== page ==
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Clin Chest Med. 1993 Sep;14(3):379-91.

Immunology of the aging lung.

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Ann Arbor Department of Veterans Affairs Medical Center, Michigan.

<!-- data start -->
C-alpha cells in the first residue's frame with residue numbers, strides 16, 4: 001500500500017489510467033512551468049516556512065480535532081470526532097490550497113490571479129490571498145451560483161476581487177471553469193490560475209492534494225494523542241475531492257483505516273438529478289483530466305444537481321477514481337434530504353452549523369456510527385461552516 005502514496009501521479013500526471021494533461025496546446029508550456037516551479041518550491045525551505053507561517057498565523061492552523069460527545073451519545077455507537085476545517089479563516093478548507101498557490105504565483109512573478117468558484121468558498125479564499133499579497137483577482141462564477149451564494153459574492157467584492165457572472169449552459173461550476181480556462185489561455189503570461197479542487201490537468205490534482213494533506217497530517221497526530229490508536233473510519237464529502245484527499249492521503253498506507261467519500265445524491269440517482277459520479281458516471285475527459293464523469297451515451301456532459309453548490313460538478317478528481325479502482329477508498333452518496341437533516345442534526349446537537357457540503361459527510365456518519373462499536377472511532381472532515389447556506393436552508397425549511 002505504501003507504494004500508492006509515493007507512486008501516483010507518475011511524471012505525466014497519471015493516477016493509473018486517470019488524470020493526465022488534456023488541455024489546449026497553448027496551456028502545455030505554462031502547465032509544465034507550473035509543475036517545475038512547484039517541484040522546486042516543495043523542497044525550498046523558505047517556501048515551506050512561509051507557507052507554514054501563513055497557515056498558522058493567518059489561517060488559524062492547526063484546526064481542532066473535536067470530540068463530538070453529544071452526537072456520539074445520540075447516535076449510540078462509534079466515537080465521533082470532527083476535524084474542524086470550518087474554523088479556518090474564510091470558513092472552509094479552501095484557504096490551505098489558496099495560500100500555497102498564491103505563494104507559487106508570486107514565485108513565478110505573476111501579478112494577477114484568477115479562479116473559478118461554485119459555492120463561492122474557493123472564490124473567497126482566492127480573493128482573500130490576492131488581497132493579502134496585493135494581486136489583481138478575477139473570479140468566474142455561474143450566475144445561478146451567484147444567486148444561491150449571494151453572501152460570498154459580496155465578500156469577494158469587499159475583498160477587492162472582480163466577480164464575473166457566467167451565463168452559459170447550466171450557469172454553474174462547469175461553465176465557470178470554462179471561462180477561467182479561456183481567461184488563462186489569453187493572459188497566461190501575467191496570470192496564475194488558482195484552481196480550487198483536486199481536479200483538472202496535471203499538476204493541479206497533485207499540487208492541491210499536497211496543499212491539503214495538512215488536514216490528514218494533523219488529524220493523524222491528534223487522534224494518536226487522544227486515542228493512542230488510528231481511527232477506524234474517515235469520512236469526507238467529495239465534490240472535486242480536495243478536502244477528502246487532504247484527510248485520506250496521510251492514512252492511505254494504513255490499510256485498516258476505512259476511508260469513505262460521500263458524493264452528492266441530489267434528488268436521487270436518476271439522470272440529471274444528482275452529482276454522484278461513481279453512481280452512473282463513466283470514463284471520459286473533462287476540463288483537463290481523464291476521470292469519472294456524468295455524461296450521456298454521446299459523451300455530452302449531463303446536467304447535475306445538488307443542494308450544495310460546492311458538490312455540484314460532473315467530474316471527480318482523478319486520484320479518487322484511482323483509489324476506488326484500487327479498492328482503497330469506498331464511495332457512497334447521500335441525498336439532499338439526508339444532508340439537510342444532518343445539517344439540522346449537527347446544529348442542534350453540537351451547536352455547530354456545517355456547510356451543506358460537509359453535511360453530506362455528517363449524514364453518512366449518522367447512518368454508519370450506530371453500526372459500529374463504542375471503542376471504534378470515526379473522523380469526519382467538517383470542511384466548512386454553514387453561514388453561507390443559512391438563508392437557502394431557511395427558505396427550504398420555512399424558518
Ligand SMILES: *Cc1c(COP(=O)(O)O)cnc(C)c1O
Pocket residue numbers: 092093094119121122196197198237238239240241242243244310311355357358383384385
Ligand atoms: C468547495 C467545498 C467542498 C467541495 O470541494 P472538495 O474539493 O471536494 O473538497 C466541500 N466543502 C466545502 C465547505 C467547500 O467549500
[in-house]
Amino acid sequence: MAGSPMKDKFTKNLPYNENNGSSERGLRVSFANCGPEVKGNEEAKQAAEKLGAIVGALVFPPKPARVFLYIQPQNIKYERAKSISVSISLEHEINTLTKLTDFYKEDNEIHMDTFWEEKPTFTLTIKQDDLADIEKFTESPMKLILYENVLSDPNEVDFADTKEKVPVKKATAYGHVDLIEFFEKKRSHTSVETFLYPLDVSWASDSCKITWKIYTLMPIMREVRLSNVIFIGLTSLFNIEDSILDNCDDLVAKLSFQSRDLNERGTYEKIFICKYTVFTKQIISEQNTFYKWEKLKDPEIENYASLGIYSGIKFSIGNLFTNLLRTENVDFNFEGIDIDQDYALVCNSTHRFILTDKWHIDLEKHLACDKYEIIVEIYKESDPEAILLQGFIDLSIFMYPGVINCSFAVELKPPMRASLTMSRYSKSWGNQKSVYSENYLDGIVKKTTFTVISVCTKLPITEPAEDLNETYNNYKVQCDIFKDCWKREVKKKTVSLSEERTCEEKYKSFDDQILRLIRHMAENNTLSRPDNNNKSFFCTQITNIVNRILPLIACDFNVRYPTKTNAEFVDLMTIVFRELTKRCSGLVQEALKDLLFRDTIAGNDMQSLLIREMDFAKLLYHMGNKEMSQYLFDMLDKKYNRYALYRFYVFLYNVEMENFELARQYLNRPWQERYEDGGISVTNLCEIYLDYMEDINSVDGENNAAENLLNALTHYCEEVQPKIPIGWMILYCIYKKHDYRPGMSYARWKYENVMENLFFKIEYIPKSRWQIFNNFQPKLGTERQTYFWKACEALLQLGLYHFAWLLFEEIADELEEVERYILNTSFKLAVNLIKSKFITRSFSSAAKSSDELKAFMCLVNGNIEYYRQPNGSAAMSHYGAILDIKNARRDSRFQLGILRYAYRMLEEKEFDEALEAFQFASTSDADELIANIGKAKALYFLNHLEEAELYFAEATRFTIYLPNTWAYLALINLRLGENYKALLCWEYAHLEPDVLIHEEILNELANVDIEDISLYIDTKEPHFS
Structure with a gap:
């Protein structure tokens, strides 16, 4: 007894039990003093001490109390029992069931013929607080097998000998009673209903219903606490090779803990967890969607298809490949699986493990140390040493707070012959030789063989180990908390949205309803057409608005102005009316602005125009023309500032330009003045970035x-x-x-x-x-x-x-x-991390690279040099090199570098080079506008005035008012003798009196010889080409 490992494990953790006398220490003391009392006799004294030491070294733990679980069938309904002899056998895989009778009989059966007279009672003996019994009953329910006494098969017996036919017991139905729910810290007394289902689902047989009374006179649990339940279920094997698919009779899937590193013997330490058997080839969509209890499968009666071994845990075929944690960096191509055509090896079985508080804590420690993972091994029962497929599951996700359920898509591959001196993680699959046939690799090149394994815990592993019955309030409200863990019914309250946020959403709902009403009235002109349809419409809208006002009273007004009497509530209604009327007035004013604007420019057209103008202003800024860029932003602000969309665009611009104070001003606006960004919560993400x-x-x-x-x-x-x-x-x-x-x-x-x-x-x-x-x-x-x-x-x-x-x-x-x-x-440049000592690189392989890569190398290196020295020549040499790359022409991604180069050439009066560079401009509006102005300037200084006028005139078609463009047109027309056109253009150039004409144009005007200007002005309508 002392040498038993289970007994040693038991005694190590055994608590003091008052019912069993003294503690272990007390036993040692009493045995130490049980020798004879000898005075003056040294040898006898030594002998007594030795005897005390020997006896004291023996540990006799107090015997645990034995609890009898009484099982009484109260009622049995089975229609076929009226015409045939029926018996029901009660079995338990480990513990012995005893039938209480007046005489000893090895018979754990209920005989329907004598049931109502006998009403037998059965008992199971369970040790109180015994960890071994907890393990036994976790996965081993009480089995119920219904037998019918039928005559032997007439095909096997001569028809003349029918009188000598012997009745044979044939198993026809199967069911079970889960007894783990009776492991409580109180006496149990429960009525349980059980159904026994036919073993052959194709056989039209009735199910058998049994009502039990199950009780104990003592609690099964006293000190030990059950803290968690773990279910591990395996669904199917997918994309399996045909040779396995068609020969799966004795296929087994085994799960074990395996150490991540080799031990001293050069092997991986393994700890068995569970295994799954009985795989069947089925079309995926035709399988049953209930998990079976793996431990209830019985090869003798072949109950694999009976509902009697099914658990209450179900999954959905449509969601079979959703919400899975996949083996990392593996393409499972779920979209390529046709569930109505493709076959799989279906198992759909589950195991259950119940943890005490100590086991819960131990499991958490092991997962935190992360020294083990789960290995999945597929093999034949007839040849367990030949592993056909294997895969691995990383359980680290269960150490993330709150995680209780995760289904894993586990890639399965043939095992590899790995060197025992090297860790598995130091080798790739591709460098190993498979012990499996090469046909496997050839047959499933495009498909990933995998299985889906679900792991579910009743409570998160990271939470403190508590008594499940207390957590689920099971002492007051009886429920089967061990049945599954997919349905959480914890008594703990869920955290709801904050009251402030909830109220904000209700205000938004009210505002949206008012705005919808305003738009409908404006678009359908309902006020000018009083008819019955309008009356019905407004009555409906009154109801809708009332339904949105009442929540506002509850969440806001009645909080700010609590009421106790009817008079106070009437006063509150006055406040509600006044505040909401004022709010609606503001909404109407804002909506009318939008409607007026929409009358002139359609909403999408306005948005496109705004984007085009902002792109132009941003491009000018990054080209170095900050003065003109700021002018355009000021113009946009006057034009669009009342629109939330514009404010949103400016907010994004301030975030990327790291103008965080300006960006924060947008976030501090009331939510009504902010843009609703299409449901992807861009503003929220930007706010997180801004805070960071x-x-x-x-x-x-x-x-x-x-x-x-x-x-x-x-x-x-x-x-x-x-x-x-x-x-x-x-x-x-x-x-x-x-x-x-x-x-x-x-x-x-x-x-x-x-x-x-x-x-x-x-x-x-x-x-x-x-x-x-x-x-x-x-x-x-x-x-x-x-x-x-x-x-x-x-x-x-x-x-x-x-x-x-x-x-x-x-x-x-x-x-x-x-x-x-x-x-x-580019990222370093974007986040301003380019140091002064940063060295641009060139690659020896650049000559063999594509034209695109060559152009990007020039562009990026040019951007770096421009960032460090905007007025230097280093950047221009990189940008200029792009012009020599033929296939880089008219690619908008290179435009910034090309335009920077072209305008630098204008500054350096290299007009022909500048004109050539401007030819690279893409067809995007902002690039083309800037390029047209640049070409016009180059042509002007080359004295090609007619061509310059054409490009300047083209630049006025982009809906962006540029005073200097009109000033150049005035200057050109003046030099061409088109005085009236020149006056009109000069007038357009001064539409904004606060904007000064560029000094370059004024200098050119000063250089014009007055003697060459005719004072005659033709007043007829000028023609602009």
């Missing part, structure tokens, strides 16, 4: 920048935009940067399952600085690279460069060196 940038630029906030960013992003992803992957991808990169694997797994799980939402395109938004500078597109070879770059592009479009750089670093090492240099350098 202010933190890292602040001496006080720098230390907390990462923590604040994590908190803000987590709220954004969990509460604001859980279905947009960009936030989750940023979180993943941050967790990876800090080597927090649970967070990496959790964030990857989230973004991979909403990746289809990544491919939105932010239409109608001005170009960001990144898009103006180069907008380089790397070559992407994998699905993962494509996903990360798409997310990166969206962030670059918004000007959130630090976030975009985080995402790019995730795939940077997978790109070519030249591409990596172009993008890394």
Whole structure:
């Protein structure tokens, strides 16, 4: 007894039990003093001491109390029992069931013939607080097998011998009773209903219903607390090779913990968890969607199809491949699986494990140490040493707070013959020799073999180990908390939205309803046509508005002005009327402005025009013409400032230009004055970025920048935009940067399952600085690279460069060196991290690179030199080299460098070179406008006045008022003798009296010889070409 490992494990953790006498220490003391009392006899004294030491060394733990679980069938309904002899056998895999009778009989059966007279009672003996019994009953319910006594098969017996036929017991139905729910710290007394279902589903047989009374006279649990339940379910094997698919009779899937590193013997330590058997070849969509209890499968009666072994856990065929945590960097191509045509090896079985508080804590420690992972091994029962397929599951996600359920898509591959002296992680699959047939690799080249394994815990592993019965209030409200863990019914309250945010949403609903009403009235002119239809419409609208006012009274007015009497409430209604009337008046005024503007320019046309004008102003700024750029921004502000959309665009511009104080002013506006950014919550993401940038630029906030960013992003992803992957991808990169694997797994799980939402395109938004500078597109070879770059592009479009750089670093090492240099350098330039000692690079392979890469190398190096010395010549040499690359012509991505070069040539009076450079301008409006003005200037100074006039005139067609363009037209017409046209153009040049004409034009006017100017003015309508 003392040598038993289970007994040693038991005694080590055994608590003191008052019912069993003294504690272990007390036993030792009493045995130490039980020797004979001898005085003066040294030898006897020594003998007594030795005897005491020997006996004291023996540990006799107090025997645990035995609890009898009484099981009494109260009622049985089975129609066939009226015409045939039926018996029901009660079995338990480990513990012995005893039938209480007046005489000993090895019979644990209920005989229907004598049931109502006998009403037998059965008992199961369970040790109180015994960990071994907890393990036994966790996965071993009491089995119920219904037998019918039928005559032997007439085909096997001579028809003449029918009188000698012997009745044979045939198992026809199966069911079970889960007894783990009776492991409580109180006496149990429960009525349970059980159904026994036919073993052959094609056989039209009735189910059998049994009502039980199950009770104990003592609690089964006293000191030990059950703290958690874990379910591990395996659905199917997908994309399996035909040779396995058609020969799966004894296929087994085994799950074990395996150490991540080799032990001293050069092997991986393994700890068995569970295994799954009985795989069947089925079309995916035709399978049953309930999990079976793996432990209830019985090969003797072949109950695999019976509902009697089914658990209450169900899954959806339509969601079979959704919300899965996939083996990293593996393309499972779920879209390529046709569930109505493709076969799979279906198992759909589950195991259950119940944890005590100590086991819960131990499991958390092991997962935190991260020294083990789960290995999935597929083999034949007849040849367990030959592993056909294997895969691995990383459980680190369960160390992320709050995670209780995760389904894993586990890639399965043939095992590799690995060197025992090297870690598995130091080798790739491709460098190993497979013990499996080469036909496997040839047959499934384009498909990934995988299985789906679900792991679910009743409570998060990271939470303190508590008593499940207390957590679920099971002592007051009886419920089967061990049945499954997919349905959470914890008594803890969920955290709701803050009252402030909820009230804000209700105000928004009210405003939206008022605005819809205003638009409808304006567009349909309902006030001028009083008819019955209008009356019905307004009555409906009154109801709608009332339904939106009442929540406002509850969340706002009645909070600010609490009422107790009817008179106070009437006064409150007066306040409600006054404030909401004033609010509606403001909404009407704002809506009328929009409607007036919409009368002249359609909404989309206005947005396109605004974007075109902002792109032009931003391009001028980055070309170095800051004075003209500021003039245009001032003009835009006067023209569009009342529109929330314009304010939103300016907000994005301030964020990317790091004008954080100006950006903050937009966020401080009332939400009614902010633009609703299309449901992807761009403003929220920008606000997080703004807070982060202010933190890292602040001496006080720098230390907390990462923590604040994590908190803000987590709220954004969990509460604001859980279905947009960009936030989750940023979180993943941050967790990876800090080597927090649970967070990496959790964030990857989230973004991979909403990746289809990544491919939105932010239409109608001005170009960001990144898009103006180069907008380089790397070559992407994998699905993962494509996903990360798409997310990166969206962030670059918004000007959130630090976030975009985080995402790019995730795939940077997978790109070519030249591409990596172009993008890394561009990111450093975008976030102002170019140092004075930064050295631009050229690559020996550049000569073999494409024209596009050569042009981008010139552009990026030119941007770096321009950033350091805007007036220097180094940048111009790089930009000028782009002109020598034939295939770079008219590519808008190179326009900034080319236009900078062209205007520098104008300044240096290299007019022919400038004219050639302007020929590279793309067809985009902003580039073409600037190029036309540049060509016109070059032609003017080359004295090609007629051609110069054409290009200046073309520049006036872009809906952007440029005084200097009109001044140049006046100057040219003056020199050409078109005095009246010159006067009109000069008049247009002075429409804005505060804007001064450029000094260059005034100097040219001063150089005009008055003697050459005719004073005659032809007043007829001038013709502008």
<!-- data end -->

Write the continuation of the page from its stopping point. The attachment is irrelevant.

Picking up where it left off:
The aging process is associated with multiple deficits in pulmonary immune function. Defense of the airway is impaired in the elderly by decreased mucociliary clearance, alteration in respiratory mechanics and, in some cases, concomitant illnesses that predispose to aspiration. Alveolar defenses can be divided into resident defense mechanisms, inflammatory responses, and specific immune responses. Resident defenses such as macrophage phagocytosis and chemotaxis, although largely intact, may have subtle defects under specific conditions. Inflammatory responses may also be diminished, as evidenced by decreased neutrophil-mediated killing and chemotaxis. Specific immune responses appear to be the most vulnerable to age-associated impairment. Although antigen presentation is well preserved during aging, accessory cell cytokine production may be decreased. T-lymphocyte proliferative responses are markedly decreased, as is the production of and response to intercellular mediators. Age-associated alterations in T cell subpopulations may result in imperfect T cell-B cell interactions leading to expression of abnormal immunoglobulins. These many interacting and compounding impairments may explain the increased susceptibility of the elderly to pulmonary infection and autoimmune diseases.

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